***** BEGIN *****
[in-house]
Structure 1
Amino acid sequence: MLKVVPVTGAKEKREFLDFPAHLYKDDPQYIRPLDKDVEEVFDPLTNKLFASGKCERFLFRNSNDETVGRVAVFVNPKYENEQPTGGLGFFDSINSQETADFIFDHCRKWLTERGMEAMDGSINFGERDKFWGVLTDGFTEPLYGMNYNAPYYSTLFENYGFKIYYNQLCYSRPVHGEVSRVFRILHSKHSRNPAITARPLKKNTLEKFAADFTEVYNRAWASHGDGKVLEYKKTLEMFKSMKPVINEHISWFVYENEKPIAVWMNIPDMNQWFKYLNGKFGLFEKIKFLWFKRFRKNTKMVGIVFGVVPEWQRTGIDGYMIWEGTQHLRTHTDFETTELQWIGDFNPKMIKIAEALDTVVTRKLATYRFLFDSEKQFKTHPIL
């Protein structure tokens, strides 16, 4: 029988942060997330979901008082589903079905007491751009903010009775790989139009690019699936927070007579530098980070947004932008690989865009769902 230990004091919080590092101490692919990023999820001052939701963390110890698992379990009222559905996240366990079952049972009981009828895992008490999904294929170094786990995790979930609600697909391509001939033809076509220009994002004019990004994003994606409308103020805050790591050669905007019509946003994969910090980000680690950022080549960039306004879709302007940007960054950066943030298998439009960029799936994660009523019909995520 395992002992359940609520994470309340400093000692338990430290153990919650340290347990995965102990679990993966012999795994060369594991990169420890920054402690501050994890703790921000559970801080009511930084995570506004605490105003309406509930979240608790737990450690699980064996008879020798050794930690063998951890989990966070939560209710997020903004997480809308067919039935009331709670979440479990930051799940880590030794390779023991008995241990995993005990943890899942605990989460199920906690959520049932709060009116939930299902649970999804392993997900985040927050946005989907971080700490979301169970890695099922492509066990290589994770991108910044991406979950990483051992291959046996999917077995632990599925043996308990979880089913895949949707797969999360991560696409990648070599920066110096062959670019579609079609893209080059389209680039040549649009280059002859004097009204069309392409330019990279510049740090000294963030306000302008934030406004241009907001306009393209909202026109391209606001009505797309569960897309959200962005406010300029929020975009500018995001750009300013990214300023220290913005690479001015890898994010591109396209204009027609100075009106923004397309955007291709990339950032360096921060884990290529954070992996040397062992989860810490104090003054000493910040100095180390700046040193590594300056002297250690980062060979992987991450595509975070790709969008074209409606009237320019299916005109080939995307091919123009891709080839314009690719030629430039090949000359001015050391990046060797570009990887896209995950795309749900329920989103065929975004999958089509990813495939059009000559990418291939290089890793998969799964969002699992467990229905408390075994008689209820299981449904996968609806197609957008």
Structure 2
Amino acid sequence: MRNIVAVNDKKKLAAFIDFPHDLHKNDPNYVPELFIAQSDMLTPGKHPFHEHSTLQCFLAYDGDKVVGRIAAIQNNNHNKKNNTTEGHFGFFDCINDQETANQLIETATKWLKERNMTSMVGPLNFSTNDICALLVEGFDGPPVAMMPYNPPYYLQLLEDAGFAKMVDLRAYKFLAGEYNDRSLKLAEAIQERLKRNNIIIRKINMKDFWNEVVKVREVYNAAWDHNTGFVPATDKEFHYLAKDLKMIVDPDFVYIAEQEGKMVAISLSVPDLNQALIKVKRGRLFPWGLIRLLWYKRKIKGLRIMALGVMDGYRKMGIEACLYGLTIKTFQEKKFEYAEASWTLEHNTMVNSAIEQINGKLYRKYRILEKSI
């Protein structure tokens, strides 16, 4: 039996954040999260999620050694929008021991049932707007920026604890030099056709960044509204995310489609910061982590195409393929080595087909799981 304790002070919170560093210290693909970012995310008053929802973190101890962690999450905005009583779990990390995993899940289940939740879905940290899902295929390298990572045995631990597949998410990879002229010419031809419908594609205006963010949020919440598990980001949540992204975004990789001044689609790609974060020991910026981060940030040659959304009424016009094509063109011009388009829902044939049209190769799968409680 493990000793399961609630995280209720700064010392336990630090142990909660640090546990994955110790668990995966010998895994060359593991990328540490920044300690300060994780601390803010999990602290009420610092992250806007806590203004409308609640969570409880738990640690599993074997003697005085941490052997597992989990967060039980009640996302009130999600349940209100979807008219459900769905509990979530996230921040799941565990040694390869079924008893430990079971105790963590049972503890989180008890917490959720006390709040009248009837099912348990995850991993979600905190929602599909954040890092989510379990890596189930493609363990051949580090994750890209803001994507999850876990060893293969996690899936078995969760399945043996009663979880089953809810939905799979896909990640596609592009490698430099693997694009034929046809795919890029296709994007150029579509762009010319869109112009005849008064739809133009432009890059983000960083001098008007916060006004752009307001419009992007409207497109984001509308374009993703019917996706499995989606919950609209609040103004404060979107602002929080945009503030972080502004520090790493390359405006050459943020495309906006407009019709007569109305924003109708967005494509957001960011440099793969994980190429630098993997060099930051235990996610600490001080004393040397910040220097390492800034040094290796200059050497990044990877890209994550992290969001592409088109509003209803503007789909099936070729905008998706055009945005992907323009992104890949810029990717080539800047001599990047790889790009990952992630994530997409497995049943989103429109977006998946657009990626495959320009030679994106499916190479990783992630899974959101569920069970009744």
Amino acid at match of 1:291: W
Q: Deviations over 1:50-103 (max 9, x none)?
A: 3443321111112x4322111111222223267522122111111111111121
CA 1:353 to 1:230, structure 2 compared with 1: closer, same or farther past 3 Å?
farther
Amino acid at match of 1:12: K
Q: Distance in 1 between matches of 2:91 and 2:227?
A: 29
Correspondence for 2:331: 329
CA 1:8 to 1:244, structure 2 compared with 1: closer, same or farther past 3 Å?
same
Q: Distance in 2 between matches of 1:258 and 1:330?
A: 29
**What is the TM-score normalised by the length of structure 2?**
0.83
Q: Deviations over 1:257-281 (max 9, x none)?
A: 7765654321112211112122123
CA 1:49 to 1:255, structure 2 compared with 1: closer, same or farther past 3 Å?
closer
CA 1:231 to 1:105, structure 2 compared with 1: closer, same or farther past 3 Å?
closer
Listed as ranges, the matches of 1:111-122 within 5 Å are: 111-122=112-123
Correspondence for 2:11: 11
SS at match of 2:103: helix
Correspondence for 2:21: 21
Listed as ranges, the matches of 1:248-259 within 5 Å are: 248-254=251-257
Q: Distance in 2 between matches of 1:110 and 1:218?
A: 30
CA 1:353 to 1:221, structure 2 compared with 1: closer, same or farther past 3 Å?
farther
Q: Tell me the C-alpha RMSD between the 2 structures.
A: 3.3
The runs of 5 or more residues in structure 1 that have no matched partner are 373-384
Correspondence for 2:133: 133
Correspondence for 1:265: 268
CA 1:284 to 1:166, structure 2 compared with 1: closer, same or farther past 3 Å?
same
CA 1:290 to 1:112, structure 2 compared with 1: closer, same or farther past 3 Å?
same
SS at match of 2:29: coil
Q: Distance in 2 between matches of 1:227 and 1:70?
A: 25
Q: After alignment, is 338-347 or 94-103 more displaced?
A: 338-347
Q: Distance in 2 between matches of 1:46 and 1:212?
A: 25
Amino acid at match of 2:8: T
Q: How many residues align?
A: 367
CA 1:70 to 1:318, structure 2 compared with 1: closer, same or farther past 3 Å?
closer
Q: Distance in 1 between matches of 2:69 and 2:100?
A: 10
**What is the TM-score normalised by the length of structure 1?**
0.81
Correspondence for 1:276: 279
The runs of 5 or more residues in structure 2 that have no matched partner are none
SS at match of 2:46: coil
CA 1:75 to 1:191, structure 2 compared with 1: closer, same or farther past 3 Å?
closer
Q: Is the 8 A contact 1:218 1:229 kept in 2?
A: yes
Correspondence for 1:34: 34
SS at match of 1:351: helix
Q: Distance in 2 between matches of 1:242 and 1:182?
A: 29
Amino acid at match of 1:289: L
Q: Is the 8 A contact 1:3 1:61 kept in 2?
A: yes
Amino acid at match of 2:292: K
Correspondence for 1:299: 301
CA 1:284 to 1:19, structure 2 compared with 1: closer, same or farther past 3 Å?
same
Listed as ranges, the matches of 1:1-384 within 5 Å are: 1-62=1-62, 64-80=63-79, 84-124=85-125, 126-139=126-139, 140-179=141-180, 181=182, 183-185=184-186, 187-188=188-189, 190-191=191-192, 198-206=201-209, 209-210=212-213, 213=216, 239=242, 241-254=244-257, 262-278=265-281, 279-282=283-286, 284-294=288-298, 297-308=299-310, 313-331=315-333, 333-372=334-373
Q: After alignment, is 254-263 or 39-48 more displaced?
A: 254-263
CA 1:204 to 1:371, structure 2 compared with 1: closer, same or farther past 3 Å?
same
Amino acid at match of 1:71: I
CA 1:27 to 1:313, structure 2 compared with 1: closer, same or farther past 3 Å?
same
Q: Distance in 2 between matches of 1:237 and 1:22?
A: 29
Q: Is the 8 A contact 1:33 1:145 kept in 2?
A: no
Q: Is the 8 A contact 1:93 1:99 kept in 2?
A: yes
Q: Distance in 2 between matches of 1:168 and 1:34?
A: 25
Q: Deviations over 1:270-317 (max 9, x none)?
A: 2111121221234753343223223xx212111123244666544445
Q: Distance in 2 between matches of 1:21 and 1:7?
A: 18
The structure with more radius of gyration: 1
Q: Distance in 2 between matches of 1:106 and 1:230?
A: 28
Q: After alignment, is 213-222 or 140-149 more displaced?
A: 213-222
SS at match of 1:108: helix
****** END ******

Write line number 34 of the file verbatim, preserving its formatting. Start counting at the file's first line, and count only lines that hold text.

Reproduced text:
Q: Distance in 2 between matches of 1:110 and 1:218?